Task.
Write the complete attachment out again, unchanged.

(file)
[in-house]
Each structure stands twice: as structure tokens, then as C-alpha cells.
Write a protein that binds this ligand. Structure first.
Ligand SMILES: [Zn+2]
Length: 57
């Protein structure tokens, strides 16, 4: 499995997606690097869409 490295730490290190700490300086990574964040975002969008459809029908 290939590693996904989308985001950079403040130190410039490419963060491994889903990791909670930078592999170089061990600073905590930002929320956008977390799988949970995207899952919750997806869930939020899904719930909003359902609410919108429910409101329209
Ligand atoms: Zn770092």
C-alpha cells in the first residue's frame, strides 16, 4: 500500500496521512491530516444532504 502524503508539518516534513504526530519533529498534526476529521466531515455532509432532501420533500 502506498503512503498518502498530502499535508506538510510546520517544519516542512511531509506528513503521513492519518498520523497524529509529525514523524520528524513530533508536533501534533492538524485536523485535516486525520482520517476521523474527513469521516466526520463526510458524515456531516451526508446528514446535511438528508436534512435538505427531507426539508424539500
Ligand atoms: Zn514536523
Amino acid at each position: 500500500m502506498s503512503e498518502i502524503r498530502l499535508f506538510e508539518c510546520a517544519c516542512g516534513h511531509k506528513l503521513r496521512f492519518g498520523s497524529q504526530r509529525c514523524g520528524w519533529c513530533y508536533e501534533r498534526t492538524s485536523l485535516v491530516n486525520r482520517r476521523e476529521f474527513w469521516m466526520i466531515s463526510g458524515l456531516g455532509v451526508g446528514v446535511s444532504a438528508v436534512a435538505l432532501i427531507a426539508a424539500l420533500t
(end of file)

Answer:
[in-house]
Each structure stands twice: as structure tokens, then as C-alpha cells.
Write a protein that binds this ligand. Structure first.
Ligand SMILES: [Zn+2]
Length: 57
């Protein structure tokens, strides 16, 4: 499995997606690097869409 490295730490290190700490300086990574964040975002969008459809029908 290939590693996904989308985001950079403040130190410039490419963060491994889903990791909670930078592999170089061990600073905590930002929320956008977390799988949970995207899952919750997806869930939020899904719930909003359902609410919108429910409101329209
Ligand atoms: Zn770092």
C-alpha cells in the first residue's frame, strides 16, 4: 500500500496521512491530516444532504 502524503508539518516534513504526530519533529498534526476529521466531515455532509432532501420533500 502506498503512503498518502498530502499535508506538510510546520517544519516542512511531509506528513503521513492519518498520523497524529509529525514523524520528524513530533508536533501534533492538524485536523485535516486525520482520517476521523474527513469521516466526520463526510458524515456531516451526508446528514446535511438528508436534512435538505427531507426539508424539500
Ligand atoms: Zn514536523
Amino acid at each position: 500500500m502506498s503512503e498518502i502524503r498530502l499535508f506538510e508539518c510546520a517544519c516542512g516534513h511531509k506528513l503521513r496521512f492519518g498520523s497524529q504526530r509529525c514523524g520528524w519533529c513530533y508536533e501534533r498534526t492538524s485536523l485535516v491530516n486525520r482520517r476521523e476529521f474527513w469521516m466526520i466531515s463526510g458524515l456531516g455532509v451526508g446528514v446535511s444532504a438528508v436534512a435538505l432532501i427531507a426539508a424539500l420533500t